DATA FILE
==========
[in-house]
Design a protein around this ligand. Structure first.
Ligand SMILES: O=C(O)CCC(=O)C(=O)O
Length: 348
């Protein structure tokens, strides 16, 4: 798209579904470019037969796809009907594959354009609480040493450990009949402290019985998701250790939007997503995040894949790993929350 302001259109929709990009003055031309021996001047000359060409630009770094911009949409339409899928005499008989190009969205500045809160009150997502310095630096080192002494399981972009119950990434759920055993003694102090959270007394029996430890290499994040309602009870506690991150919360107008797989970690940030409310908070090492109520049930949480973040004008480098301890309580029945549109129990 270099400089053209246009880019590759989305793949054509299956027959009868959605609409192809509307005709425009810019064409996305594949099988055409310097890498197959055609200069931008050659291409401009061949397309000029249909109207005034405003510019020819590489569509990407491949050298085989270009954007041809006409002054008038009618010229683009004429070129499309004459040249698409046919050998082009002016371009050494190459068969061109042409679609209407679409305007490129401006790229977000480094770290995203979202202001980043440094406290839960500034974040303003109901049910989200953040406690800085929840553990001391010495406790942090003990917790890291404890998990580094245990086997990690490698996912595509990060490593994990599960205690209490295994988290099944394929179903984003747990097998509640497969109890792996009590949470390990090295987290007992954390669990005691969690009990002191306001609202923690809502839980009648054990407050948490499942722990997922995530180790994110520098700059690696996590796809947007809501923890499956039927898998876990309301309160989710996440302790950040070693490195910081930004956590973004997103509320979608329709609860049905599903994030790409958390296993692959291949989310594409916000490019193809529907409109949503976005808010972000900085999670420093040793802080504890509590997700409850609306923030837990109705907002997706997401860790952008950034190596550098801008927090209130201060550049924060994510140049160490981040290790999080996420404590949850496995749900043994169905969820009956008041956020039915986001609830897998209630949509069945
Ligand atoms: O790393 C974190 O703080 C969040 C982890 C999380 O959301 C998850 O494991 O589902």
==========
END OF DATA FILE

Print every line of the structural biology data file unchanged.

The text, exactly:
[in-house]
Design a protein around this ligand. Structure first.
Ligand SMILES: O=C(O)CCC(=O)C(=O)O
Length: 348
């Protein structure tokens, strides 16, 4: 798209579904470019037969796809009907594959354009609480040493450990009949402290019985998701250790939007997503995040894949790993929350 302001259109929709990009003055031309021996001047000359060409630009770094911009949409339409899928005499008989190009969205500045809160009150997502310095630096080192002494399981972009119950990434759920055993003694102090959270007394029996430890290499994040309602009870506690991150919360107008797989970690940030409310908070090492109520049930949480973040004008480098301890309580029945549109129990 270099400089053209246009880019590759989305793949054509299956027959009868959605609409192809509307005709425009810019064409996305594949099988055409310097890498197959055609200069931008050659291409401009061949397309000029249909109207005034405003510019020819590489569509990407491949050298085989270009954007041809006409002054008038009618010229683009004429070129499309004459040249698409046919050998082009002016371009050494190459068969061109042409679609209407679409305007490129401006790229977000480094770290995203979202202001980043440094406290839960500034974040303003109901049910989200953040406690800085929840553990001391010495406790942090003990917790890291404890998990580094245990086997990690490698996912595509990060490593994990599960205690209490295994988290099944394929179903984003747990097998509640497969109890792996009590949470390990090295987290007992954390669990005691969690009990002191306001609202923690809502839980009648054990407050948490499942722990997922995530180790994110520098700059690696996590796809947007809501923890499956039927898998876990309301309160989710996440302790950040070693490195910081930004956590973004997103509320979608329709609860049905599903994030790409958390296993692959291949989310594409916000490019193809529907409109949503976005808010972000900085999670420093040793802080504890509590997700409850609306923030837990109705907002997706997401860790952008950034190596550098801008927090209130201060550049924060994510140049160490981040290790999080996420404590949850496995749900043994169905969820009956008041956020039915986001609830897998209630949509069945
Ligand atoms: O790393 C974190 O703080 C969040 C982890 C999380 O959301 C998850 O494991 O589902």